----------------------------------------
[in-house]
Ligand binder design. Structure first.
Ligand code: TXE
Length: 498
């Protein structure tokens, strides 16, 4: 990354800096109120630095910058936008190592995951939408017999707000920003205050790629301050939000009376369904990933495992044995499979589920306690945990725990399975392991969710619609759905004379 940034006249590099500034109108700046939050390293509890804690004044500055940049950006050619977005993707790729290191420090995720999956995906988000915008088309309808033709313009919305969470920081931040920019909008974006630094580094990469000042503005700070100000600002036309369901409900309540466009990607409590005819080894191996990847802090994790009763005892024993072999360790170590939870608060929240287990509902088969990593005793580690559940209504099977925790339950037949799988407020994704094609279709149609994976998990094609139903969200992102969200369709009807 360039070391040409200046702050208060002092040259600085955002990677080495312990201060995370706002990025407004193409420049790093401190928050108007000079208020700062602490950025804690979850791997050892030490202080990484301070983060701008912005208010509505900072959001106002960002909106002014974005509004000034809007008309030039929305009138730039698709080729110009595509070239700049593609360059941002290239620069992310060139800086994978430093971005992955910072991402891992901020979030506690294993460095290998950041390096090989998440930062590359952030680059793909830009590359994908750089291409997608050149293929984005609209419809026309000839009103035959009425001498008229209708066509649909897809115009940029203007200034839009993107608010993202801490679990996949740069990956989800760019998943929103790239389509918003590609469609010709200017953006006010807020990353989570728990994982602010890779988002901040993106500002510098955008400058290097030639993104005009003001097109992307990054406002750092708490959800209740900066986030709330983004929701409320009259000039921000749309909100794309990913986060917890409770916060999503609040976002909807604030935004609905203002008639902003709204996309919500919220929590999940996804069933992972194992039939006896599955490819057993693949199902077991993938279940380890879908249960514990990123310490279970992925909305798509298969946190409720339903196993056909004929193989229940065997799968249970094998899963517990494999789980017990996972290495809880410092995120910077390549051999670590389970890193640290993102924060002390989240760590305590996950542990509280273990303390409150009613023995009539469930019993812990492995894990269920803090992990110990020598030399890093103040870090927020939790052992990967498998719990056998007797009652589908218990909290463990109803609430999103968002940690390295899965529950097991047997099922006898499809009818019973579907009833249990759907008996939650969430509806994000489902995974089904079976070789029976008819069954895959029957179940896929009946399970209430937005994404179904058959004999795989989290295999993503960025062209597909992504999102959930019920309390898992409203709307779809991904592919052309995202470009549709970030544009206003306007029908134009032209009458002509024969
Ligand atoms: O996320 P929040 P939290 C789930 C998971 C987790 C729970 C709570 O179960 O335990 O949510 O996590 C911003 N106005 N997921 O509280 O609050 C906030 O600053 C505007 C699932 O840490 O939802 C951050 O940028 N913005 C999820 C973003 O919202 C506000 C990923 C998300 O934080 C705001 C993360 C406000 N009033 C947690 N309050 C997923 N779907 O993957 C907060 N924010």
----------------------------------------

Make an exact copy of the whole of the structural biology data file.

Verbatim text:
[in-house]
Ligand binder design. Structure first.
Ligand code: TXE
Length: 498
């Protein structure tokens, strides 16, 4: 990354800096109120630095910058936008190592995951939408017999707000920003205050790629301050939000009376369904990933495992044995499979589920306690945990725990399975392991969710619609759905004379 940034006249590099500034109108700046939050390293509890804690004044500055940049950006050619977005993707790729290191420090995720999956995906988000915008088309309808033709313009919305969470920081931040920019909008974006630094580094990469000042503005700070100000600002036309369901409900309540466009990607409590005819080894191996990847802090994790009763005892024993072999360790170590939870608060929240287990509902088969990593005793580690559940209504099977925790339950037949799988407020994704094609279709149609994976998990094609139903969200992102969200369709009807 360039070391040409200046702050208060002092040259600085955002990677080495312990201060995370706002990025407004193409420049790093401190928050108007000079208020700062602490950025804690979850791997050892030490202080990484301070983060701008912005208010509505900072959001106002960002909106002014974005509004000034809007008309030039929305009138730039698709080729110009595509070239700049593609360059941002290239620069992310060139800086994978430093971005992955910072991402891992901020979030506690294993460095290998950041390096090989998440930062590359952030680059793909830009590359994908750089291409997608050149293929984005609209419809026309000839009103035959009425001498008229209708066509649909897809115009940029203007200034839009993107608010993202801490679990996949740069990956989800760019998943929103790239389509918003590609469609010709200017953006006010807020990353989570728990994982602010890779988002901040993106500002510098955008400058290097030639993104005009003001097109992307990054406002750092708490959800209740900066986030709330983004929701409320009259000039921000749309909100794309990913986060917890409770916060999503609040976002909807604030935004609905203002008639902003709204996309919500919220929590999940996804069933992972194992039939006896599955490819057993693949199902077991993938279940380890879908249960514990990123310490279970992925909305798509298969946190409720339903196993056909004929193989229940065997799968249970094998899963517990494999789980017990996972290495809880410092995120910077390549051999670590389970890193640290993102924060002390989240760590305590996950542990509280273990303390409150009613023995009539469930019993812990492995894990269920803090992990110990020598030399890093103040870090927020939790052992990967498998719990056998007797009652589908218990909290463990109803609430999103968002940690390295899965529950097991047997099922006898499809009818019973579907009833249990759907008996939650969430509806994000489902995974089904079976070789029976008819069954895959029957179940896929009946399970209430937005994404179904058959004999795989989290295999993503960025062209597909992504999102959930019920309390898992409203709307779809991904592919052309995202470009549709970030544009206003306007029908134009032209009458002509024969
Ligand atoms: O996320 P929040 P939290 C789930 C998971 C987790 C729970 C709570 O179960 O335990 O949510 O996590 C911003 N106005 N997921 O509280 O609050 C906030 O600053 C505007 C699932 O840490 O939802 C951050 O940028 N913005 C999820 C973003 O919202 C506000 C990923 C998300 O934080 C705001 C993360 C406000 N009033 C947690 N309050 C997923 N779907 O993957 C907060 N924010």